اندازه گیری ادغام بازار سهام با استفاده از جریان اطلاعات ناهمبسته : توکیو، لندن و نیویورک
|کد مقاله||سال انتشار||تعداد صفحات مقاله انگلیسی||ترجمه فارسی|
|12726||2007||15 صفحه PDF||سفارش دهید|
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Publisher : Elsevier - Science Direct (الزویر - ساینس دایرکت)
Journal : Journal of Multinational Financial Management, Volume 17, Issue 4, October 2007, Pages 275–289
Equity markets do not pass all overnight information into prices instantly at the opening of trade. We adjust open-to-close return series for non-instantaneous information absorption and then use adjusted series to measure integration among three major equity markets. Because the adjusted daytime return series are uncorrelated, we can accurately measure the size, and identify the sources, of transmissions. Overnight news, as represented by foreign open-to-close returns, explains 13% of opening price variation (close-to-open returns) in New York, 14% in Tokyo and 30% in London. For New York and Tokyo, the largest influences come from the market that trades immediately prior (London and New York respectively) whereas opening price variation in London is linked closer with New York than Tokyo. Foreign volatility spillovers are also significant, and subject to asymmetric effects.
Variations in opening prices in the Tokyo, London and New York equity markets are significantly predicted by the returns and volatility patterns of overnight foreign trade. This predictability does not contradict market efficiency (since there is no opportunity to trade between the close and opening of a market), but it does identify the common information flows between the three markets, and offers a yardstick for measuring integration. Using intra-daily data on the S&P 500 (New York), the Nikkei 225 (Japan) and the FTSE 100 (London) indices, we search the early hours of trade in each market for the point of zero correlation with lagged foreign and domestic open-to-close returns. We make this the reference point for measuring the arrival of truly new information, and the starting point for adjusting returns calculations. We can then use the resulting zero-correlation open-to-close returns as explanators for opening price variation (close-to-open returns). By isolating the early-trade ‘opening’ price, which fully reflects preceding information, up to a one-half-hour interval accuracy, our new method improves the quality of integration measures for these markets. Other studies recognize that estimates based on raw opening prices are likely to mis-measure the size of transmissions between markets by omitting relevant information (see, for example, Baur and Jung, 2006 and Lin et al., 1994 and Susmel and Engle, 1994). Since our adjusted daytime returns are orthogonal explanatory variables in a model of opening price variation, we can identify both the size and the source of foreign market effects on price change and volatility with more ease and precision than when more arbitrary adjustments are made.1 Results show stronger and more significant mutual spillovers occurring between all three markets than have been reported previously. About 13% of the log change in close-to-opening price in New York, 14% in Tokyo and 30% in London is explained by foreign daytime returns. The strongest impact on New York and Tokyo is from the markets that trade immediately prior to them, that is, London and New York respectively. London, however, appears to be much more dependent on New York's daytime return than on Tokyo's, despite the fact that New York's news is older. Spillovers from foreign daytime volatility explain 9% of opening price conditional variance in New York, 3% in Tokyo and 2% in London. We also find evidence of asymmetric effects in returns and volatility spillovers associated with negative foreign returns.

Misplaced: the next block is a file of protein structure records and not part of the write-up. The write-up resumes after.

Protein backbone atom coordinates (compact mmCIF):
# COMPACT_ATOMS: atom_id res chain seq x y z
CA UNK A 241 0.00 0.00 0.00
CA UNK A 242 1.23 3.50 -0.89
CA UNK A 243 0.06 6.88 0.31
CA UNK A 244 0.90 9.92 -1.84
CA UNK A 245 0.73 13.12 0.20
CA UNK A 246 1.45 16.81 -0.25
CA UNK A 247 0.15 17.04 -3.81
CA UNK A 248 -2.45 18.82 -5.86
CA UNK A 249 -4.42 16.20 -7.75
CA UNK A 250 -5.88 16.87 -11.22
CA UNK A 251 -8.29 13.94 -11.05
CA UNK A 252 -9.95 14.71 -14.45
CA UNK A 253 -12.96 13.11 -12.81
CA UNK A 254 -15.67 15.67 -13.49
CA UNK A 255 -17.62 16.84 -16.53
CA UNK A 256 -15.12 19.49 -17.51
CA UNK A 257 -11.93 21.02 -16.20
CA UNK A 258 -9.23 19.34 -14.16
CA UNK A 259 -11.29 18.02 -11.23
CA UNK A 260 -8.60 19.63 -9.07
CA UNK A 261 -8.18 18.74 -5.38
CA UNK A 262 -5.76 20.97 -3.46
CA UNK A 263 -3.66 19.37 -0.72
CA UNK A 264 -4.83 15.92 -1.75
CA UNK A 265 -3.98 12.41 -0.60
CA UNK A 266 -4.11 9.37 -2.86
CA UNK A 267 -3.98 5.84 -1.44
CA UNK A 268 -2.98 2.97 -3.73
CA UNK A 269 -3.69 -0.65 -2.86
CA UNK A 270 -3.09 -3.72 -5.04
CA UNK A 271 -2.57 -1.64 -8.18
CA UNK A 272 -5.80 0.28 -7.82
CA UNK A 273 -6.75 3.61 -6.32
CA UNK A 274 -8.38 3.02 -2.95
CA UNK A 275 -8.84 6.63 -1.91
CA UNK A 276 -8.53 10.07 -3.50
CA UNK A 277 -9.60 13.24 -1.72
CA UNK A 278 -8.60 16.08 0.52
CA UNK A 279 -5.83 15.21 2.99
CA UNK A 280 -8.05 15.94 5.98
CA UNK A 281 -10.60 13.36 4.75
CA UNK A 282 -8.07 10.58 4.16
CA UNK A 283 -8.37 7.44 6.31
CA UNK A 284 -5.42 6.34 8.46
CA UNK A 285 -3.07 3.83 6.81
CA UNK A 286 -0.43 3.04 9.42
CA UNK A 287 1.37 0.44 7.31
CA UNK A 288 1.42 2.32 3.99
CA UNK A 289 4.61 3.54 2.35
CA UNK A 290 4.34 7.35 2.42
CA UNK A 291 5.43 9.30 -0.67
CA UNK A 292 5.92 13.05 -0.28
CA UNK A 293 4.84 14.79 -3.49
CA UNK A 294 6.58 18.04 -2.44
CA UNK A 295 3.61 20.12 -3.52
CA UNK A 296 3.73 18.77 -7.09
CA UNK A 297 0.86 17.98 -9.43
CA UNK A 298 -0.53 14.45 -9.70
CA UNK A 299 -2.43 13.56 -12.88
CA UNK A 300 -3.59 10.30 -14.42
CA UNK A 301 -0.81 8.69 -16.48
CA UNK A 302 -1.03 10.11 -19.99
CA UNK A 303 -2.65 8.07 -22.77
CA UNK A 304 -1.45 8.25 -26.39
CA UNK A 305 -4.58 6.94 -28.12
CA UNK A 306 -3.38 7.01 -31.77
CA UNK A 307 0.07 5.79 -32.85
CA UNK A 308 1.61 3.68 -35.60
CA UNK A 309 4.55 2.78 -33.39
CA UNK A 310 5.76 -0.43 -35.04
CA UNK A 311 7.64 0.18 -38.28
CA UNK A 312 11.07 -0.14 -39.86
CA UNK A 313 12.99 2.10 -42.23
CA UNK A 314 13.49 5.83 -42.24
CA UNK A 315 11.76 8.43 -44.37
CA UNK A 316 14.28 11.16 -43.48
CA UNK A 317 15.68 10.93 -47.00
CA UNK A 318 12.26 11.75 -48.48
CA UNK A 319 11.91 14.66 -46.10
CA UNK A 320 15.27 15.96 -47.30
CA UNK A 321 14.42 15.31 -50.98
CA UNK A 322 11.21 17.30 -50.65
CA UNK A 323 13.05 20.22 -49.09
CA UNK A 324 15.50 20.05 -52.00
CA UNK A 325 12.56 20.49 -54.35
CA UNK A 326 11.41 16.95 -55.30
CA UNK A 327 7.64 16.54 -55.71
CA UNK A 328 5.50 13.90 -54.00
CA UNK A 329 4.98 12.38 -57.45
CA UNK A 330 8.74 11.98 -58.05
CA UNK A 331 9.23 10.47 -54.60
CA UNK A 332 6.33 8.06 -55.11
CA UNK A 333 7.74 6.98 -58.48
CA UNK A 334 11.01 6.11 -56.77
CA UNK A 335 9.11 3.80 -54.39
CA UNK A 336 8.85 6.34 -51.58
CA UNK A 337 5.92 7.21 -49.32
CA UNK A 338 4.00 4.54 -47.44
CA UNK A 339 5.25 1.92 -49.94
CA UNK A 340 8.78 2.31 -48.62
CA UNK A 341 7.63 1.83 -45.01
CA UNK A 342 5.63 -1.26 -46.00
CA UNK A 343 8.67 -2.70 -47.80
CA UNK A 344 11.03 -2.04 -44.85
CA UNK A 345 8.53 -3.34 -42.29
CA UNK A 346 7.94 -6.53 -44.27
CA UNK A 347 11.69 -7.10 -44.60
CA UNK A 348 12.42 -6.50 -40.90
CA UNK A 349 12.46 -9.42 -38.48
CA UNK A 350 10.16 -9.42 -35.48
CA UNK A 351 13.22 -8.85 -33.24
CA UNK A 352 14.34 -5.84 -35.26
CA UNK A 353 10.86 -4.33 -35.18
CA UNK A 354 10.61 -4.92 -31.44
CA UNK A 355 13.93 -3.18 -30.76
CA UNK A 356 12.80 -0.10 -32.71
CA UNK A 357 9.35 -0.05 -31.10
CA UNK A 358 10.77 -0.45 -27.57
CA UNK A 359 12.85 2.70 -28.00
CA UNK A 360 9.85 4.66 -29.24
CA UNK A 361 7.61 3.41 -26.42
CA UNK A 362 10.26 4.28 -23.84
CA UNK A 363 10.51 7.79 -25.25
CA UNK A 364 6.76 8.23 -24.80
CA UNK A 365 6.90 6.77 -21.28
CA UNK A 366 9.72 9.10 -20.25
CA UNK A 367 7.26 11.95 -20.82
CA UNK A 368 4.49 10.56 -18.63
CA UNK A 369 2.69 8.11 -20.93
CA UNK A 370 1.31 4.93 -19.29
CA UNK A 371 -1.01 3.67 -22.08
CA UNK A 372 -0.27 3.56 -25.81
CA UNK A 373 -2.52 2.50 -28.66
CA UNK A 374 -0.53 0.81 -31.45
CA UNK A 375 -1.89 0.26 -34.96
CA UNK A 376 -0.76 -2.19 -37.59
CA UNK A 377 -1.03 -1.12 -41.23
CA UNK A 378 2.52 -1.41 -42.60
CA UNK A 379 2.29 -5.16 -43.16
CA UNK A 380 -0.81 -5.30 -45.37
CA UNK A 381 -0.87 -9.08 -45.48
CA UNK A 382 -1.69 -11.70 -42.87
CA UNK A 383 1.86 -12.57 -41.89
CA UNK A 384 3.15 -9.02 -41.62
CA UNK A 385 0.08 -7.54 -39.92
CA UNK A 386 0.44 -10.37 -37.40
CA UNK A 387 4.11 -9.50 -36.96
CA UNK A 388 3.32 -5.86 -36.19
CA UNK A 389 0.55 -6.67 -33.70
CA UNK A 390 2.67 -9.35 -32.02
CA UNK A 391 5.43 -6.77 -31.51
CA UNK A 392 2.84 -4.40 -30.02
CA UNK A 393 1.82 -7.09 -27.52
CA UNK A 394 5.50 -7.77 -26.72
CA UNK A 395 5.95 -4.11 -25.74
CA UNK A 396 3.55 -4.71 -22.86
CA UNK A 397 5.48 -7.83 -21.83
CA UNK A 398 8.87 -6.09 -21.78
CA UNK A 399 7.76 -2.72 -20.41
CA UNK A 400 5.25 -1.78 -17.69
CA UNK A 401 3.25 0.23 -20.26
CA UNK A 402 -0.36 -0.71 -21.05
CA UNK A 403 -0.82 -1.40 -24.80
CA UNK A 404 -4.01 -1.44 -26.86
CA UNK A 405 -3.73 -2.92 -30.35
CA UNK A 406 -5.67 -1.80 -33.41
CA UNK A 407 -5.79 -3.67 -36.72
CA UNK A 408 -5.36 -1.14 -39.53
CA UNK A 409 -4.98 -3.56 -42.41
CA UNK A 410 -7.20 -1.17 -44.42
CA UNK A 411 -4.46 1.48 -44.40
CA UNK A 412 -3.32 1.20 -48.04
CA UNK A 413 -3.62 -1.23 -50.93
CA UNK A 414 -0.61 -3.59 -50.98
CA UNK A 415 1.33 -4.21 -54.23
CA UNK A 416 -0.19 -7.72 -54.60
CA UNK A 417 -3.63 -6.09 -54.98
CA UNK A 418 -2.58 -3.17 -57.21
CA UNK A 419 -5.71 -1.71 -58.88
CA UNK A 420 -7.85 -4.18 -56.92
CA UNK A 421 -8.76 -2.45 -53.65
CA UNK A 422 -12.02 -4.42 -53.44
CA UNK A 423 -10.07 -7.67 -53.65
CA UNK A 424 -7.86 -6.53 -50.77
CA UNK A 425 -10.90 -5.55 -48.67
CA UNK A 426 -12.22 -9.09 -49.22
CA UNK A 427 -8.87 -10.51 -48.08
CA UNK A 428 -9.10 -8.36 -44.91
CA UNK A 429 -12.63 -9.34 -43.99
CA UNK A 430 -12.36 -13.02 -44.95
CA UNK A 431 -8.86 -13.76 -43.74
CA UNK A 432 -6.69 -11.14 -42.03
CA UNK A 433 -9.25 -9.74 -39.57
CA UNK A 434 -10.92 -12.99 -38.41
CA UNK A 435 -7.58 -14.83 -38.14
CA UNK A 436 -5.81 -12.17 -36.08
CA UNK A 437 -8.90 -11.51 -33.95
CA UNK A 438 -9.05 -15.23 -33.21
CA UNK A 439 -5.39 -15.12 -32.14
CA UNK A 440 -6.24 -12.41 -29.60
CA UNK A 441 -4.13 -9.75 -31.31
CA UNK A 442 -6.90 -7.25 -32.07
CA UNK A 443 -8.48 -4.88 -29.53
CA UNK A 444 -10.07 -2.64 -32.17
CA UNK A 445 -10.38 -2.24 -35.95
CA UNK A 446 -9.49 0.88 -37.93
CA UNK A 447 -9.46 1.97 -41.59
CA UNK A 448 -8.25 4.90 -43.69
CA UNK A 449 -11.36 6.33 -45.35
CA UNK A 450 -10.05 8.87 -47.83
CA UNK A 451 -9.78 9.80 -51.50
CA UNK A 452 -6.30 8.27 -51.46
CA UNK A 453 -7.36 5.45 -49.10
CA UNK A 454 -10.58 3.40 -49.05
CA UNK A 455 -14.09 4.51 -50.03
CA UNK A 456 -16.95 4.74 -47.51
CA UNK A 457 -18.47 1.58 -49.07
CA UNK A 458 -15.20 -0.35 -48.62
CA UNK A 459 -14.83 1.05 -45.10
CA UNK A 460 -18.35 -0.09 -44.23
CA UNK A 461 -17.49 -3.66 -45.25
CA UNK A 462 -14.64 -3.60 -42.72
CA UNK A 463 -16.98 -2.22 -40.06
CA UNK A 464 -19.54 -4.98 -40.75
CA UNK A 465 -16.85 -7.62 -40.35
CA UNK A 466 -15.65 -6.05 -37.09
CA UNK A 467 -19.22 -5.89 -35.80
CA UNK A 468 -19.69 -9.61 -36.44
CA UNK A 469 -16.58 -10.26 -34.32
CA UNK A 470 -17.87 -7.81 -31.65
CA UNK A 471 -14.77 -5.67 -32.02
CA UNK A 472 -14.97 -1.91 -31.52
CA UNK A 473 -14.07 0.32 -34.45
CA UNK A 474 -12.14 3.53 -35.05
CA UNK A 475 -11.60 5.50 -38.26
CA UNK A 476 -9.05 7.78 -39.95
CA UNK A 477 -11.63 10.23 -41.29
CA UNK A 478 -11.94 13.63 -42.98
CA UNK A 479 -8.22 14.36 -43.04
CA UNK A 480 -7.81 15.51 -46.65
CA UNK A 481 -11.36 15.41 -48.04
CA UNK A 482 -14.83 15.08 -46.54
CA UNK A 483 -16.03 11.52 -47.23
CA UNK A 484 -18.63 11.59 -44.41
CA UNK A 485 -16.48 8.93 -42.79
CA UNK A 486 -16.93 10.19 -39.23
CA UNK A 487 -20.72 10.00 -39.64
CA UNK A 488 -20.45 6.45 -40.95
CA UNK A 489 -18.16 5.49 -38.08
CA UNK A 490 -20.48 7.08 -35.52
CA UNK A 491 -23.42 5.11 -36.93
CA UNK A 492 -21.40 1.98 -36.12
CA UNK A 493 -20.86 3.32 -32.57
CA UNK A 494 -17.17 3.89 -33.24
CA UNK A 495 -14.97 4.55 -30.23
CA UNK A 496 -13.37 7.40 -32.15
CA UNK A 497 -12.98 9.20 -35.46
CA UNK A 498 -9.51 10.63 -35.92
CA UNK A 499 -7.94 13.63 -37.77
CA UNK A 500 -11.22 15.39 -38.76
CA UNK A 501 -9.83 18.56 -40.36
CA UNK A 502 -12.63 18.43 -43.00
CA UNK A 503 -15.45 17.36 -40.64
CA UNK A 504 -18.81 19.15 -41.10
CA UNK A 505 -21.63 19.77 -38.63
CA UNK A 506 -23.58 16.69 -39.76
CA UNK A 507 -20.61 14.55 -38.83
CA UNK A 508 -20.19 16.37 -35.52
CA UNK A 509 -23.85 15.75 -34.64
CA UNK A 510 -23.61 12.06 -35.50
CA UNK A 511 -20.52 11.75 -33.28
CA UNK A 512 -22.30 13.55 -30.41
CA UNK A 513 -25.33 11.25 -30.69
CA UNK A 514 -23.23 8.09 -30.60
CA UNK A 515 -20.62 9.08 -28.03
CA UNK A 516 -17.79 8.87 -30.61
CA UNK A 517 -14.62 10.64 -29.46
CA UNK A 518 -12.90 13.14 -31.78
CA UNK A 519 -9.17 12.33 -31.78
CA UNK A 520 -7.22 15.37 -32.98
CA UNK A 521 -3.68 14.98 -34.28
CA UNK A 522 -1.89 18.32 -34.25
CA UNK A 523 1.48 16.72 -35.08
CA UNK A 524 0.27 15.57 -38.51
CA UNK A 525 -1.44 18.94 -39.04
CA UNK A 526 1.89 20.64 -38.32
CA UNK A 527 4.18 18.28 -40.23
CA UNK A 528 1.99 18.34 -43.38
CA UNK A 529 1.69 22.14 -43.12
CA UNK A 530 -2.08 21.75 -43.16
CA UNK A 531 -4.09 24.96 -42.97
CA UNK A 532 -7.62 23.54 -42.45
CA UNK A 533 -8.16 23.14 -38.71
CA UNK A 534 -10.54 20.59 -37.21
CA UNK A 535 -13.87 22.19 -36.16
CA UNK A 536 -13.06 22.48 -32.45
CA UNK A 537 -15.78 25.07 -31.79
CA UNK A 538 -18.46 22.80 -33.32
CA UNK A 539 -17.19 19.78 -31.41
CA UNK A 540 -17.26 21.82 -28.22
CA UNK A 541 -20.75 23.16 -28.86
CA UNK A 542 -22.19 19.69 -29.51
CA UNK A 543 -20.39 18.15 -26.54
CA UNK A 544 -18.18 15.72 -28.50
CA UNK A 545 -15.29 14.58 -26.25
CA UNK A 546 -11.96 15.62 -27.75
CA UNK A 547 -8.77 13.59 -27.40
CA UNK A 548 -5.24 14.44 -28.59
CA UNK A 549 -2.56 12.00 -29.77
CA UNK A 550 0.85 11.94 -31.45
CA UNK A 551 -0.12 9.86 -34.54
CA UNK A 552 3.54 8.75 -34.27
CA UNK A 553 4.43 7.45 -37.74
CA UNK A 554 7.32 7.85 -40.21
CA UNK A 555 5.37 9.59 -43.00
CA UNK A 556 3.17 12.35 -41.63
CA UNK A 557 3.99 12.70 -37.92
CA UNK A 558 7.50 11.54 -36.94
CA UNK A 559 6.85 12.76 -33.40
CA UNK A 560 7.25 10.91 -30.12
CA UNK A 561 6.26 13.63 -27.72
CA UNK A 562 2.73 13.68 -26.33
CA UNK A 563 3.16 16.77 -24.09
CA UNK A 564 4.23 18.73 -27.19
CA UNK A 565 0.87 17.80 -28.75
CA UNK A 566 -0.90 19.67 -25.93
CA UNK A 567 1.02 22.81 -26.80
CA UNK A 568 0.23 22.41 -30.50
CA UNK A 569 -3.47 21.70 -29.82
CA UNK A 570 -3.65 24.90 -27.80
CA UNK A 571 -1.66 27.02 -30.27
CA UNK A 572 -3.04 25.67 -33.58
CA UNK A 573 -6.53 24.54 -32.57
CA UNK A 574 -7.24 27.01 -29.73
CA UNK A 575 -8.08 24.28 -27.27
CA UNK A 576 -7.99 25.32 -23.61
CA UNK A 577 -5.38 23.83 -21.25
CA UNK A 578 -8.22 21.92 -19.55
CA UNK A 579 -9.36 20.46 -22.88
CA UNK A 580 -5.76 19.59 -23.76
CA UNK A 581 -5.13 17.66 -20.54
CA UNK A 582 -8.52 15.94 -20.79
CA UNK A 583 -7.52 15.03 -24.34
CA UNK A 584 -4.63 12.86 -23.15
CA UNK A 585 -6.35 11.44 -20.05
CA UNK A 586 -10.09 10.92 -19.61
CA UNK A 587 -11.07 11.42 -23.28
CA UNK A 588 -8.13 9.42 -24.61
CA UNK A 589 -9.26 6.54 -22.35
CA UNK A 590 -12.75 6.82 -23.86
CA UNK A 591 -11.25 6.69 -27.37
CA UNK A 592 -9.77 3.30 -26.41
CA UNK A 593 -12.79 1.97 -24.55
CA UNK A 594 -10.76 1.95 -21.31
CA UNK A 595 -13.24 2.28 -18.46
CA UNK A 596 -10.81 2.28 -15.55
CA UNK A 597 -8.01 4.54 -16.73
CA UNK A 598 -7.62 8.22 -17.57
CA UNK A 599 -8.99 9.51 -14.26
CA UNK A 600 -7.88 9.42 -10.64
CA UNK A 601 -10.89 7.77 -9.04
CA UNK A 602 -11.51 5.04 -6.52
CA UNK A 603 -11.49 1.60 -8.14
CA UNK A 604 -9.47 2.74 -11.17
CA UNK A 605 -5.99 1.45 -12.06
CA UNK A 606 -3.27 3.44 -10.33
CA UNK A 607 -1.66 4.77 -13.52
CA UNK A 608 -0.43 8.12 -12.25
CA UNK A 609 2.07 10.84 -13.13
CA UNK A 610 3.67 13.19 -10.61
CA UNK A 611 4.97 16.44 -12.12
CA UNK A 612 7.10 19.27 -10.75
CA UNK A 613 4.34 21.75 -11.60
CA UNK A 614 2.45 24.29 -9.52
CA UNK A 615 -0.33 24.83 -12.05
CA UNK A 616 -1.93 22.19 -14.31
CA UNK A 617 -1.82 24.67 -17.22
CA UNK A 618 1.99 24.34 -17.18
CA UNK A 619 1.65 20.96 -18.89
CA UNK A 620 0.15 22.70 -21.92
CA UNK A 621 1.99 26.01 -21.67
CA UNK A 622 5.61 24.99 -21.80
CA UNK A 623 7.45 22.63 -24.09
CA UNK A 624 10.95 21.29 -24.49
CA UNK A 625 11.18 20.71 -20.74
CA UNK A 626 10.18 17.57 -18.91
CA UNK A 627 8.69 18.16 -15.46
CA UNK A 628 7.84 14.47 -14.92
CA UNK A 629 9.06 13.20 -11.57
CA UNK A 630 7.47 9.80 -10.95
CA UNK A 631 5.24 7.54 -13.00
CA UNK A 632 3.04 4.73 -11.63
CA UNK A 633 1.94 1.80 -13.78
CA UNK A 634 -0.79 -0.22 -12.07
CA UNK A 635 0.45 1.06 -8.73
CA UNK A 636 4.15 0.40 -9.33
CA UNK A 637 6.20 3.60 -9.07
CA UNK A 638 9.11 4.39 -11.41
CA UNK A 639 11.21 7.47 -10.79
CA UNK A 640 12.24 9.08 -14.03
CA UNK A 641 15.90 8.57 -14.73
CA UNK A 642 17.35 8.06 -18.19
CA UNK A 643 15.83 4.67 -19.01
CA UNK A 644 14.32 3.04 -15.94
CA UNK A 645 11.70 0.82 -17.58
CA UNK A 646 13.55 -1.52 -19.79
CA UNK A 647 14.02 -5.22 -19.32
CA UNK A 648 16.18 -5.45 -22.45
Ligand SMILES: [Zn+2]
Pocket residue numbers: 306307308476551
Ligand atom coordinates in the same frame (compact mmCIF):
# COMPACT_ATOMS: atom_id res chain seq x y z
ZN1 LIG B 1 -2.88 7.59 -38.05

نتیجه گیری انگلیسی
We apply a new approach to gauging equity market linkages, which allows for non-instantaneous adjustments to overnight news. The approach we adopt has several advantages over previously used methods. First, we explicitly test the data and ensure that foreign overnight news has been absorbed by the market price from which returns are computed before estimating financial market linkages, thus creating more accurate measures of return and volatility spillovers. Secondly, this adjustment process means that daytime returns from domestic and international markets within the one 24-h period are uncorrelated, a property that allows us to break down the incremental impact of news from each market. Thirdly, we account for asymmetric responses of conditional returns and variances to negative news from domestic and foreign markets. Information transmission is mutual between all three markets; however, the strongest effects emerge from New York, followed by London (which explains more than 10.5% of New York's overnight return). Tokyo accounts for only 1.7% of New York, and 2.1% of London opening-price variation. Similar patterns hold for volatility: we find larger mutual interdependence between New York and London and only marginal spillovers from Tokyo. Compared with earlier studies, we find that mutual linkages are more common and more significant. Results show that overnight foreign news might be a useful predictor of between 13 and 30% of domestic market price variation in these equity-trading centers. Similarly, high volatility days in major overseas markets, particularly when linked to negative returns shocks, point to a turbulent session in the coming day for the domestic market. Holders of internationally diversified portfolios can use such overnight information as a guide to portfolio rebalancing in the home market, or as a predictor of conditional volatility when reviewing risk-management. Overall, however, the extent of integration does not appear to eliminate advantages from international diversification, since the major proportion of domestic price variation remains unexplained.